Geographically challenged I
Computerworld recently received a media release from a security software vendor. It read: “[Said vendor] today issued a stark warning to businesses across Europe about the dangers of deploying a single antivirus engine”.
So far, so sensible, but a couple of sentences later the release says: “We’d be grateful if you would include this news in Computerworld New Zealand.”
We can’t quite figure out the logic of using Computerworld New Zealand as a medium for issuing a warning to businesses across Europe. Is the vendor hoping ICT managers at European businesses will log on to Computerworld NZ at night and tell their bosses about the problem the next day?
Geographically challenged II
Here at E-tales headquarters we often receive gifts from companies who think our affections can be bought cheaply. They’re quite right, of course, but even we have limits.
Toll Holdings, owner of the trains but not the tracks (or is it the locomotives but not the tenders? Or the sleepers but not the gravel?) recently sent us a lovely invite to something or other, in the form of a squeezy ball, amusingly decorated to look like the Earth.
However, sendee Toll Holdings, being Australian, left New Zealand off the map. Well, most of it. There’s something that could, if you squint, be the South Island, but only on a good day with a tail wind.
We aren’t alone, either. Toll hasn’t bothered with Sweden, and the UK seems to consist of Scotland and not a lot else. It’s pretty odd, particularly when Madagascar, for example, is clearly represented.
It’s all a little worrying, coming from a company that specialises in transportation. But then, Toll did put its New Zealand headquarters on Auckland’s North Shore — about as far away from the train tracks as you can get and still be on dry land.
E-tales’ spoonerism of the week must go to the tech ideas-man who enthused about the latest tech device just a tad too much at a Wellington meeting last week.
Speaking of the newest thing in mobile technology, he came up with: “a loser yocation system”.
Just the right term, we think, for a device to get mobile-phone spam through the filter, and then advise the hapless phone-owner, loudly, of the supposed merits of the restaurant or supermarket he or she has just passed.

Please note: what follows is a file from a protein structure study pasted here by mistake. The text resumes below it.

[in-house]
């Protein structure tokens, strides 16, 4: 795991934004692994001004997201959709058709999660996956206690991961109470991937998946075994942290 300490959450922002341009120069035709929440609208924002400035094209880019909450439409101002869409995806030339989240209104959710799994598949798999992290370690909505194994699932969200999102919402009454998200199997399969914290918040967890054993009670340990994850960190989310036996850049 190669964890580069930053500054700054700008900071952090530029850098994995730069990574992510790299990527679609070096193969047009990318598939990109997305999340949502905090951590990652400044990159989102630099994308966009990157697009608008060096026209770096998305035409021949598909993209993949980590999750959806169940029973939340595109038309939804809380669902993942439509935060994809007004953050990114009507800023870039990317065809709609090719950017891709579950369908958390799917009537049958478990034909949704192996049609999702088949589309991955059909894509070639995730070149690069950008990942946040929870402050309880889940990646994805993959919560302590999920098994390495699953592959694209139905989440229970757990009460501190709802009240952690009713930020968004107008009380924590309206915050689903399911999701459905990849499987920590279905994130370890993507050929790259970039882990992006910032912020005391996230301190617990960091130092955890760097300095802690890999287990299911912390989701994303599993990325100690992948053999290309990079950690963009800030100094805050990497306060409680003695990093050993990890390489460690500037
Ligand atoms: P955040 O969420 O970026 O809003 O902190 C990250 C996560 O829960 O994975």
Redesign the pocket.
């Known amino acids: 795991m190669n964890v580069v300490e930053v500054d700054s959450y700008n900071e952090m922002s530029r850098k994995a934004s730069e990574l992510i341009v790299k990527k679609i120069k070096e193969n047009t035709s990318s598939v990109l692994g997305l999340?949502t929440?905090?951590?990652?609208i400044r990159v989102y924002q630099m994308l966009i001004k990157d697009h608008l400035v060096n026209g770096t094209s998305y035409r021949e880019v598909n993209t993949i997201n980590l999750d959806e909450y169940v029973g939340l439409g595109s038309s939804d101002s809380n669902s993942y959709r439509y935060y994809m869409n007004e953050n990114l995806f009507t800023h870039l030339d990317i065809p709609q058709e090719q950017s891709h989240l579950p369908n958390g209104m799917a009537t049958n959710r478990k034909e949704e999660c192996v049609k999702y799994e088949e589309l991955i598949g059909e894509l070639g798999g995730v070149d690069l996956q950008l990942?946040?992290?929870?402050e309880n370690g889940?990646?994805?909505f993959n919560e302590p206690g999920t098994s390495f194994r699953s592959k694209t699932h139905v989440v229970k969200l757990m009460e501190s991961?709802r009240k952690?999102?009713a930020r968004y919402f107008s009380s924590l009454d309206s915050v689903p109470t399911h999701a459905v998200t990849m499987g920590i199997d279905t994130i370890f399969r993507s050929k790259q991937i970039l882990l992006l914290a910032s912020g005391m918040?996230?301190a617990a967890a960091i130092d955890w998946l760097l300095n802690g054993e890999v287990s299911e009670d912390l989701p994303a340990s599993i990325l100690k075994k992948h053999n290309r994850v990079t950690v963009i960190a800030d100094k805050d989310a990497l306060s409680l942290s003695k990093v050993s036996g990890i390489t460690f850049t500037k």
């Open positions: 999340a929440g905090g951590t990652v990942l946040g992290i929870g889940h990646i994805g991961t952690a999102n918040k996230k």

Now, aside from more popular uses of the internet, another favourite use of the medium is DIY doctoring. Down here at E-tales HQ we’re all in favour of googling for a second (or even first) medical opinion. Indeed, more enlightened GPs don’t mind either, as they can’t know everything and it saves them work. But now we have some feedback on google-doctoring.
A couple of Aussie doctors recently tried googling various medical symptoms, to help them diagnose 26 cases. The result: Google got it right 15 out of the 26 times. The doctors concerned think this is a good result. We’re not so sure. We still think googling helps, but the off-the-cuff test by two bored doctors on night-shift just proves seeing a doc, rather than going wiki-hunting, is still the best way to go.
But there is a rider: if you’re prepared to really trawl, you’ll start to find seriously useful information from about page 20 onwards of your Google search. It all argues for a better search-engine, really.
El cheapo iPods
The vending machine is not such a big thing here, but go to Tokyo and they spit out a virtual cornucopia of products. An Aussie entrepreneur, Gower Smith, wants to bring an updated version, featuring multiple touch-screen payment options, to Aussie-land. But the smart version, or robot shop, would stock glitzy items such as iPods and other high-value products from the likes of Motorola and Sony, as well as posh cosmetics.
We can see there is a good idea in here, especially the networking-back-to-HQ to check stocks, but the security aspect has us a bit worried. If isolated chocolate-bar vending machines get broken into, what’s going to happen when the prize is an iPod nano? But then, now that you can buy iPods at The Warehouse and cheapo hi-fis at the supermarket, maybe MP3 players are on their way to becoming McDonald’s Happy Meal toys. They are, after all, just tarted-up mini hard drives.
Storing up trouble
A most ingenious Google-substitution recommendation was reported by one of our E-talers this week. While searching for the date on which EMC acquired RSA, he typed in “EMC acquired RSA” and got a slew of pertinent references — but also a polite Google inquiry: “Did you mean ‘EMC acquired MRSA’?”
MRSA (Methicillin-Resistant Staphylococcus Aureus) is one of those nasty flesh-eating bugs.
It’s a fate we wouldn’t wish on anyone in the industry — or their products. Imagine having necrotising fasciitis (the medical term) afflicting your disks and tapes?
But don’t laugh — a speaker at a recent conference claimed, in all seriousness, that such bugs can breed in the dust that accumulates in PC innards and is then helpfully blown out into the room by the computer’s cooling fan.
Grubby keyboards have already been fingered as a major agent in spreading the nasty bug, so we reckon our man is right.
New BSoD coming real Zune now
E-tales hasn't seen the Zune yet, but we're already floored by an error messages produced by it:
Makes the iPod looks positively frumpy, doesn't it?